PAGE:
New figures from the HSE show that seven people were killed while working in the waste and recycling sector during 2018/19.
Over the same five year period, 30% of deaths were due to contact with moving machinery, 28% struck by a moving vehicle and 16% struck by a moving/falling object.
Around3.4% of workers in waste sustained a workplace injury, which is statistically “significantly higher” than the rate for workers across All industries (1.8%). This is similar to the rate for Agriculture, forestry and fishing (4.1%) and Construction (2.7%)
The waste sector has a rate of fatal injury around 17 times higher than the national average rate across all industries.
We must all share the responsibility of ensuring everybody is aware of what they need to do to work right by preventing work-related incidents, and making our places of work healthier and safer for everyone.
Martin Temple, HSE chair, said: “Great Britain’s position as one of the safest places to work should be a point of pride for us all, but these figures show there is still much to be done to ensure workers go home both healthy and safe.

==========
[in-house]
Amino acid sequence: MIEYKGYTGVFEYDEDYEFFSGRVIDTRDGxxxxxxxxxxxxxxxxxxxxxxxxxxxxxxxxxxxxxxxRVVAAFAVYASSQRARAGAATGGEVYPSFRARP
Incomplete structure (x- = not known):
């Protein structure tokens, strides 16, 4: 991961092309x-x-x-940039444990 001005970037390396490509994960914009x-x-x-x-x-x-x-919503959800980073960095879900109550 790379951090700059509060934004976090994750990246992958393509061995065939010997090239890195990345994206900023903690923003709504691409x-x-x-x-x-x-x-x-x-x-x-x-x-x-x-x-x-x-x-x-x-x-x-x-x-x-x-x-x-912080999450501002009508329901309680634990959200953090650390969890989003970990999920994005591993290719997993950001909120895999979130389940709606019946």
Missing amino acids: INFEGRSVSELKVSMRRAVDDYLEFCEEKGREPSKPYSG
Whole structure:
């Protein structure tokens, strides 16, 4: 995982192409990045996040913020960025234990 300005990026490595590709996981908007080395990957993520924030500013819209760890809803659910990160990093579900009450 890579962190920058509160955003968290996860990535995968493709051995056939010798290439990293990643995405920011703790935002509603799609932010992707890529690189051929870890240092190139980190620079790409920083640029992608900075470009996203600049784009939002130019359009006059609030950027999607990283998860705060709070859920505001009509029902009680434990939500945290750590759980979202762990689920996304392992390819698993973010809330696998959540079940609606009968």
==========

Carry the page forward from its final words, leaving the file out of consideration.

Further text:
“These [UK] figures should highlight to us all the vital importance of managing risk and promoting behaviours to improve the standard of good health and safety practice in the workplace.
“We must all share the responsibility of ensuring everybody is aware of what they need to do to work right by preventing work-related incidents, and making our places of work healthier and safer for everyone.”
Key figures for Great Britain
In 2018/19 an estimated 1.4 million workers were suffering from an illness they believed was caused or made worse by their work and 581,000 workers sustained a non-fatal injury at work.
However, the risk of injury and work-related illness varies across industry, being more likely in some industries than others.
This is broadly similar to the annual average number of 9 fatalities over the last five years (2014/15-2018/19).
- 1.4 million working people suffering from a work-related illness
- 2,526 mesothelioma deaths due to past asbestos exposures (2017)
- 147 workers killed at work (2018/19)
- 581,000 injuries occurred at work according to the Labour Force Survey
- 69,208 injuries to employees reported under RIDDOR
- 28.2 million working days lost due to work-related illness and workplace injury
- £15 billion estimated cost of injuries and ill health from current working conditions (2017/18)